It's not as simple as you'd assume and it actually wouldn't save on memory so much, unless you Incorporated loading from disk. It could save on cpu usage by reducing the amount of objects to process, but it will also take some performance to do the chunk loading. Also while it works ok for static terrain it becomes more complicated if you want stuff to be changeable. Moving objects are a big problem with this as well as they can move around and it may not be desirable to save them to a chunk.
As a simple example with only horizontal scrolling and a screen size of 640x480 you could do the following. Say you want a chunk width of 640 pixels at any given time you could have 2 of them loaded, and for example we could define the center of the chunk to be it's location.
We need to know two things: when to load a chunk and when to unload it. What can do is as the chunk gets too far left of the screen it gets unloaded and a chunk on the other side gets loaded.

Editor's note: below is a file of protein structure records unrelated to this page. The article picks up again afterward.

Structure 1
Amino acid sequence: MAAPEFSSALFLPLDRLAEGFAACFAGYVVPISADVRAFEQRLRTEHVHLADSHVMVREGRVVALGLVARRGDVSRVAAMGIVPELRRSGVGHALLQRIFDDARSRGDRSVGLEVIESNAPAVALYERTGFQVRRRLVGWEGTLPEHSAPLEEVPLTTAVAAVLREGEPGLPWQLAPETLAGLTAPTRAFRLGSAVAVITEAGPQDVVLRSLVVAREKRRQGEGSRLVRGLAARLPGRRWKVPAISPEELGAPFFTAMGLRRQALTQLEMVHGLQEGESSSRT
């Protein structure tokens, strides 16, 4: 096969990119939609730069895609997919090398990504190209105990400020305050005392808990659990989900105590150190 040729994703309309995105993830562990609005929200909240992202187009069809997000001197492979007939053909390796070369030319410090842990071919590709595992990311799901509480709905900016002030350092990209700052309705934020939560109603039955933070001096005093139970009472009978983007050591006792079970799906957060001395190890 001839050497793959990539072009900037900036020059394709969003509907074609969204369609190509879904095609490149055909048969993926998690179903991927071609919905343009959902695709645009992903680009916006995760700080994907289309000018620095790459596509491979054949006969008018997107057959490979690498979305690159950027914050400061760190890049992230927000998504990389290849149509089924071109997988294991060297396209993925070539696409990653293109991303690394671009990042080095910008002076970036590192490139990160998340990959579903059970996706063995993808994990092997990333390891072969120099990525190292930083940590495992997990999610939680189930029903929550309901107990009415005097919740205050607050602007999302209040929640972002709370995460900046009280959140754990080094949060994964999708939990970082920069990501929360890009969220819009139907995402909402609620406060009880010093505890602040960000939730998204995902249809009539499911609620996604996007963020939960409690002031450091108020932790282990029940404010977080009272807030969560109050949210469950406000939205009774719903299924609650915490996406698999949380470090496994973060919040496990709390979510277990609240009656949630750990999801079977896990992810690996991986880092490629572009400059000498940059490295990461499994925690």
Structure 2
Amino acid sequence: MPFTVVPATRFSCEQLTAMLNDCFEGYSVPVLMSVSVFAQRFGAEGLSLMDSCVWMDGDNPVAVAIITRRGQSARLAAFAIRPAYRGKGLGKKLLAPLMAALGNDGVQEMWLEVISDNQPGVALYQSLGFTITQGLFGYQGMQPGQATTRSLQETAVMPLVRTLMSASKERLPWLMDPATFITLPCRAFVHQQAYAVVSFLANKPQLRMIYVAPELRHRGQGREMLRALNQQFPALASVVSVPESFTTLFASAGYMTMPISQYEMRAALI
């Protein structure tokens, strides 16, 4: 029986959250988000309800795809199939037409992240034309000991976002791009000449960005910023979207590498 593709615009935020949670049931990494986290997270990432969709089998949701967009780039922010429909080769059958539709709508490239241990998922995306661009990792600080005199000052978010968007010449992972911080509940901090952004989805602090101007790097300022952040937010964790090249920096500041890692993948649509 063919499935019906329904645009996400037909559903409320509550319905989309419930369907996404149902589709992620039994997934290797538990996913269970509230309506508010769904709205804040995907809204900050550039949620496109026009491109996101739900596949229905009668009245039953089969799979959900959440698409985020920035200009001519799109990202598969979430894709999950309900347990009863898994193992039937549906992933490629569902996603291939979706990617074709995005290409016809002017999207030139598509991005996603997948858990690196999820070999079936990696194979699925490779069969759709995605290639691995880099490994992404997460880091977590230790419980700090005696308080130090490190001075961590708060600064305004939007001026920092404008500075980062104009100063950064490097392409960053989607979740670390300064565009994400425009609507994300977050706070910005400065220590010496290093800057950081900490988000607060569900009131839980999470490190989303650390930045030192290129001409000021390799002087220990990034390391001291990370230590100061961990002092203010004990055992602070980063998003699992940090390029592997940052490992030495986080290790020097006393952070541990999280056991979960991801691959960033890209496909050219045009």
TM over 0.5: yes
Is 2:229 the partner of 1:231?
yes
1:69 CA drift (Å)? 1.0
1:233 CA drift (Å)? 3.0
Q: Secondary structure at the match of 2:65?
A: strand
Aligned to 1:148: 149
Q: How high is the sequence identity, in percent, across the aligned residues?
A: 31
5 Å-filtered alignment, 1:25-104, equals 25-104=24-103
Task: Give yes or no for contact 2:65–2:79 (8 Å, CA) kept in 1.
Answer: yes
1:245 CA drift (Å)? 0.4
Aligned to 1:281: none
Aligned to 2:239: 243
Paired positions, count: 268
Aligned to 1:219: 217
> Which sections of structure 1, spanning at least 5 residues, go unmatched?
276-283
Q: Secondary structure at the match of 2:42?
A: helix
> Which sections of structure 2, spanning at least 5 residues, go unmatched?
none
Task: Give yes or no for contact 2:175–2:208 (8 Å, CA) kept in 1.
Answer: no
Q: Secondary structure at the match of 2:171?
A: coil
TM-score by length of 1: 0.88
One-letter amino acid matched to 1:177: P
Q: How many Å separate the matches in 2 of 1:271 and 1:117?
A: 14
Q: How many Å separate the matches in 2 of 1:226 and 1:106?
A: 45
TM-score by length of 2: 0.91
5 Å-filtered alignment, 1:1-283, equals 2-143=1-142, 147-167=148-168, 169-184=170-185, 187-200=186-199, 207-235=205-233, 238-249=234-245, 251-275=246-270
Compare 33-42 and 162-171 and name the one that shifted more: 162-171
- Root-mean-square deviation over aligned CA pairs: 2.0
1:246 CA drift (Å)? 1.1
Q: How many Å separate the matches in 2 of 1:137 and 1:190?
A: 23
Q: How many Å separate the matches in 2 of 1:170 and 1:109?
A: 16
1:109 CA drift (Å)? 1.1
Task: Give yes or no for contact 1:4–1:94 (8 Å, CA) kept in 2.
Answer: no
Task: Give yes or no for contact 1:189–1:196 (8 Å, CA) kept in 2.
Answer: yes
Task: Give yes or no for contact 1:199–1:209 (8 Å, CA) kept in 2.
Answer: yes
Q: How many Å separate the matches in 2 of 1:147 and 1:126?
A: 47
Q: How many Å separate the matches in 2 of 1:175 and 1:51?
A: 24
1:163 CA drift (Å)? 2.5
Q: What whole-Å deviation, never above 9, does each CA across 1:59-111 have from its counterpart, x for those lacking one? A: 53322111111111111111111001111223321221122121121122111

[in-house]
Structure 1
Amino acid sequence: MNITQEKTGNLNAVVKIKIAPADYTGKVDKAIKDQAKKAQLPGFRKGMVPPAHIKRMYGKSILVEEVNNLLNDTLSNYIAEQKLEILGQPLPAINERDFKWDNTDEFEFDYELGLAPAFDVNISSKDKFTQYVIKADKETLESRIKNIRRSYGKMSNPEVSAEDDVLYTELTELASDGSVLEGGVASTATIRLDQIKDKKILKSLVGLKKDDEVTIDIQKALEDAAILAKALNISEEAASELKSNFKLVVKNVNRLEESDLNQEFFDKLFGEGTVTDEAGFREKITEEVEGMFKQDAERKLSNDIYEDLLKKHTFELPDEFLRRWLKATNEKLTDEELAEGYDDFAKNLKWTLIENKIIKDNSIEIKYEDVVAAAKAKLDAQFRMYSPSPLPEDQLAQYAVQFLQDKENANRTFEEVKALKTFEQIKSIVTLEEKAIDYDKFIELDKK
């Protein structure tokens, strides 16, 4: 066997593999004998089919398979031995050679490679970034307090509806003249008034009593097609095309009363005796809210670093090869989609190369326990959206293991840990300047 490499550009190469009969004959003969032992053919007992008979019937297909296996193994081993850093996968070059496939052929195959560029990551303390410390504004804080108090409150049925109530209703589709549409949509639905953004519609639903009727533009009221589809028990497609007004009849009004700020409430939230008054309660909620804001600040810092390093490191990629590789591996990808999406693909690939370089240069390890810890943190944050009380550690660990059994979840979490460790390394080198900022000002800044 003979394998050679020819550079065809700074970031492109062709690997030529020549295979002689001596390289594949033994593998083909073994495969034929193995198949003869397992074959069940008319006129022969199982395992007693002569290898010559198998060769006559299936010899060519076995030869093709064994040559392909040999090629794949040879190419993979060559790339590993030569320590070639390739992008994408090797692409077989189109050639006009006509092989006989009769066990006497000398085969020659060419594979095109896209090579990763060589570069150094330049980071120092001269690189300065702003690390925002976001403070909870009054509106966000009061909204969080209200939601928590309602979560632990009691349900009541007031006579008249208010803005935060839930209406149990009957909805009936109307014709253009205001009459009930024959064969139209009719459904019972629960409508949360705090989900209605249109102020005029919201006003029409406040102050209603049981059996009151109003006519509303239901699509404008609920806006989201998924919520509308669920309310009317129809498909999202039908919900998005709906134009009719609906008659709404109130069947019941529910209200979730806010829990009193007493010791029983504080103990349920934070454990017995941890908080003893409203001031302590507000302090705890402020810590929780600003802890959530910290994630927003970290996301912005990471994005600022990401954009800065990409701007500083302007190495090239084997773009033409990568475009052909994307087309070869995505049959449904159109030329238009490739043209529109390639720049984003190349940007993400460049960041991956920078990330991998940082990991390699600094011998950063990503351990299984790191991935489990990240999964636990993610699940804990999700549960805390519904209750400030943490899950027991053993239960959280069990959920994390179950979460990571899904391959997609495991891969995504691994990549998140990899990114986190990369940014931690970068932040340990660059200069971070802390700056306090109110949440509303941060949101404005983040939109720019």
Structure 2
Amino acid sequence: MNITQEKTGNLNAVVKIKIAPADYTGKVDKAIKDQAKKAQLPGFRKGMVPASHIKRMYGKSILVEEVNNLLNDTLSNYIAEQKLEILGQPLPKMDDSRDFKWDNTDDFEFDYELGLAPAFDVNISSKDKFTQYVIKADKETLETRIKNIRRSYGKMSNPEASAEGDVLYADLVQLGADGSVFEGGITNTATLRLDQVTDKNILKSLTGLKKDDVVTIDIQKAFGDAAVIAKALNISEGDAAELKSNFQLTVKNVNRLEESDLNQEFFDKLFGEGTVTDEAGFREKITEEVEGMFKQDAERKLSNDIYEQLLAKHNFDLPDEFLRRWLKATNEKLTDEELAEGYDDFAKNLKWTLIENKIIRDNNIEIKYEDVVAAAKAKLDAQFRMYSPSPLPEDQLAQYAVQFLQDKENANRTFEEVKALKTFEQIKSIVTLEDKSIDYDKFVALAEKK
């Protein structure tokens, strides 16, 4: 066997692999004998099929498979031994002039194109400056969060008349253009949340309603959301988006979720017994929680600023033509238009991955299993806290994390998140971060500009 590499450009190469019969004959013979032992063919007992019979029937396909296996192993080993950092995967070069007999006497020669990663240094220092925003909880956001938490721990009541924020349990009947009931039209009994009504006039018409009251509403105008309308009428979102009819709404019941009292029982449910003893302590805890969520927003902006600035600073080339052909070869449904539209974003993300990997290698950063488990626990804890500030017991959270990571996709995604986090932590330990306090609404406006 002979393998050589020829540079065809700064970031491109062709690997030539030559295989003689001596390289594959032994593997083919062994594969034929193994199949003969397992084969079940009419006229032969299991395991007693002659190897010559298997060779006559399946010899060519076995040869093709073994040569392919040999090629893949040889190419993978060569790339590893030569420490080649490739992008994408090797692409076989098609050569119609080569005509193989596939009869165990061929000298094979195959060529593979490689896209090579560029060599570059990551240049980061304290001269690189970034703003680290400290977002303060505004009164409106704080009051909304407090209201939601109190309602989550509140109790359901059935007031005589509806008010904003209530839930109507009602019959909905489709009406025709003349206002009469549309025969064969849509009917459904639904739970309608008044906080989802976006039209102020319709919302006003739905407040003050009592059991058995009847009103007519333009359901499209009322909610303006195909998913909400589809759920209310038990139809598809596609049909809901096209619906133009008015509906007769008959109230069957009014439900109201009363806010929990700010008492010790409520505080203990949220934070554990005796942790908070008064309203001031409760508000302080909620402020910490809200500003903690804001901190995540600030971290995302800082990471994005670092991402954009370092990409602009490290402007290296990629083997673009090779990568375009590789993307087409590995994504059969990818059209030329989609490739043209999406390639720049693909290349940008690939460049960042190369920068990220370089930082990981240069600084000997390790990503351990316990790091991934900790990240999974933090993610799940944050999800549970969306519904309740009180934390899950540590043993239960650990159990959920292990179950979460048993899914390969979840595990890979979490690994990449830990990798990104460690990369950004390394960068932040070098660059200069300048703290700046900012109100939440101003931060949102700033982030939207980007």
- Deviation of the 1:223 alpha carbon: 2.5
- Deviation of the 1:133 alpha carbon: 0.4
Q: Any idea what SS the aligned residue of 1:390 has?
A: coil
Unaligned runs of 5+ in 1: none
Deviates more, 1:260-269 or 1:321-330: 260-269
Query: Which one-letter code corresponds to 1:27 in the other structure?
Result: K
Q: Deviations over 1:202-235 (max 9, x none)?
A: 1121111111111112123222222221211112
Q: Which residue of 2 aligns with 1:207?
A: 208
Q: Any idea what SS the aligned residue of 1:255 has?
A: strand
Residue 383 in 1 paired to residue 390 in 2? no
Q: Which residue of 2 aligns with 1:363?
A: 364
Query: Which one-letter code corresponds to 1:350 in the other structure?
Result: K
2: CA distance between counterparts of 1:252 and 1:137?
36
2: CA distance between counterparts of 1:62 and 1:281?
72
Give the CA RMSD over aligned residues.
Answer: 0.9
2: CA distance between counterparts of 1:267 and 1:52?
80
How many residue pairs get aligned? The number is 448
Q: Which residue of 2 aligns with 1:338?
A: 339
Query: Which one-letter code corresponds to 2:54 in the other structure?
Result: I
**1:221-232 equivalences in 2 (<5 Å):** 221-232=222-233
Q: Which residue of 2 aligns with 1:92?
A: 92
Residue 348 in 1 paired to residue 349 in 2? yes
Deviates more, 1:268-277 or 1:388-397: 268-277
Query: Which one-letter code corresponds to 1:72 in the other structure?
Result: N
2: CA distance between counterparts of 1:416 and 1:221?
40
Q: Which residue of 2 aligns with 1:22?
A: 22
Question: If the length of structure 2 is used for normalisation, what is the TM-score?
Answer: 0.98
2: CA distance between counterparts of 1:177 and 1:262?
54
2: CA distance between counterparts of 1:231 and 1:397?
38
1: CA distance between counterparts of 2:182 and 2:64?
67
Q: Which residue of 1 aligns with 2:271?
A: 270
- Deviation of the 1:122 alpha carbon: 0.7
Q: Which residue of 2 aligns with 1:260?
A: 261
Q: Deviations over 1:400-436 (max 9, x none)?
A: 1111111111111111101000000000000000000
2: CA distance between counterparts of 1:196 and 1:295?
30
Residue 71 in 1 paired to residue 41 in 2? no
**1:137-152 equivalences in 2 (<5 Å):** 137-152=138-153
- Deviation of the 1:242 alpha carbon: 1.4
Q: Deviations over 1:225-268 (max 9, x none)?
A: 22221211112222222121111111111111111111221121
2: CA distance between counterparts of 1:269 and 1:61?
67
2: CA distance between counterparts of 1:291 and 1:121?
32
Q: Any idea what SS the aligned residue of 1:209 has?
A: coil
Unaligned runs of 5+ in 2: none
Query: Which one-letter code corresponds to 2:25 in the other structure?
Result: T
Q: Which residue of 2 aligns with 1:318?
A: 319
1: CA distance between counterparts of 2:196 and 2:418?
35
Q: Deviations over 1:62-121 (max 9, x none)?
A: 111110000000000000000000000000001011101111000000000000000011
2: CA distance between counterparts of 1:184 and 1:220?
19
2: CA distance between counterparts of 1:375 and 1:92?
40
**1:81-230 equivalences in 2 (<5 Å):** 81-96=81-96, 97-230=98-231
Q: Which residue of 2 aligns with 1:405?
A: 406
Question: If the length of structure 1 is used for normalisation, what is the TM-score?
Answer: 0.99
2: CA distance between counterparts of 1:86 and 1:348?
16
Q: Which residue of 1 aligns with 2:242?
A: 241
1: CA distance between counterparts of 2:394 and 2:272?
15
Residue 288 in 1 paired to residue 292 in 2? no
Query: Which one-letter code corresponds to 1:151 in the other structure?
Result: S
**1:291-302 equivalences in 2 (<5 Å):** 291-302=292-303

> unload chunk
> set chunk x to self.x+640
> load chunk
Also it can be done similarly if two far to the right.
For the unloading I'd use instance variables on the objects that have the chunks id so you can pick them to destroy. For loading you'll need to store the object info in some kind of format. In the past i've used an array as json string to store the data. I'd store the values like this:
array.at(x, 0) = type
array.at(x,1) = x
array.at(x,2) = y
So to load it would loop over that array and create objects according to type. I've also done it so it's just a 1d array of dictionaries asJSON.
The chunks themselves could be stored in an array of those json strings.
I'd avoid all the above if I can. The goal should be to use less cpu. Just make the entire level in the editor. All the static objects are fine and you if you use a collision detection to pick the objects C2 has everything divided up into screen sized chunks so you can avoid processing far away stuff. Moving objects are the main issue to handle. A common thing is to disable or destroy them if they get to far from the screen.